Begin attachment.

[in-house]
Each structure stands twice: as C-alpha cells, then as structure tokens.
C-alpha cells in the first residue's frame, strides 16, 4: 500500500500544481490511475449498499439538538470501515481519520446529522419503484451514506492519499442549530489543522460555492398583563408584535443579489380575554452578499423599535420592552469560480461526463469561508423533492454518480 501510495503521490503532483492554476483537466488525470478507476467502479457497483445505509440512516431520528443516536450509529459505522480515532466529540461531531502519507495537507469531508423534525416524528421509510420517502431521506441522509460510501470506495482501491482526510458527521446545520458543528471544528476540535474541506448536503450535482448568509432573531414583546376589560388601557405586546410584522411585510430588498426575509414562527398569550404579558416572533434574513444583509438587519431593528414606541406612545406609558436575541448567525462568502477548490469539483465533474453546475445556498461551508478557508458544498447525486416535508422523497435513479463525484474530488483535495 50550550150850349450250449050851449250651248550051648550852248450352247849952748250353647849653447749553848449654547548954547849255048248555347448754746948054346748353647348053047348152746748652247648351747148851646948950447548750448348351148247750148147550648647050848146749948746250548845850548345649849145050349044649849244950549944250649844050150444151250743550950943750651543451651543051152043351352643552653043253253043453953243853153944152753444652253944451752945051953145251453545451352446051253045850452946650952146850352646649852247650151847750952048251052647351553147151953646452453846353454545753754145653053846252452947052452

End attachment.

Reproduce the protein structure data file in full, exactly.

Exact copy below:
[in-house]
Each structure stands twice: as C-alpha cells, then as structure tokens.
C-alpha cells in the first residue's frame, strides 16, 4: 500500500500544481490511475449498499439538538470501515481519520446529522419503484451514506492519499442549530489543522460555492398583563408584535443579489380575554452578499423599535420592552469560480461526463469561508423533492454518480 501510495503521490503532483492554476483537466488525470478507476467502479457497483445505509440512516431520528443516536450509529459505522480515532466529540461531531502519507495537507469531508423534525416524528421509510420517502431521506441522509460510501470506495482501491482526510458527521446545520458543528471544528476540535474541506448536503450535482448568509432573531414583546376589560388601557405586546410584522411585510430588498426575509414562527398569550404579558416572533434574513444583509438587519431593528414606541406612545406609558436575541448567525462568502477548490469539483465533474453546475445556498461551508478557508458544498447525486416535508422523497435513479463525484474530488483535495 50550550150850349450250449050851449250651248550051648550852248450352247849952748250353647849653447749553848449654547548954547849255048248555347448754746948054346748353647348053047348152746748652247648351747148851646948950447548750448348351148247750148147550648647050848146749948746250548845850548345649849145050349044649849244950549944250649844050150444151250743550950943750651543451651543051152043351352643552653043253253043453953243853153944152753444652253944451752945051953145251453545451352446051253045850452946650952146850352646649852247650151847750952048251052647351553147151953646452453846353454545753754145653053846252452947052452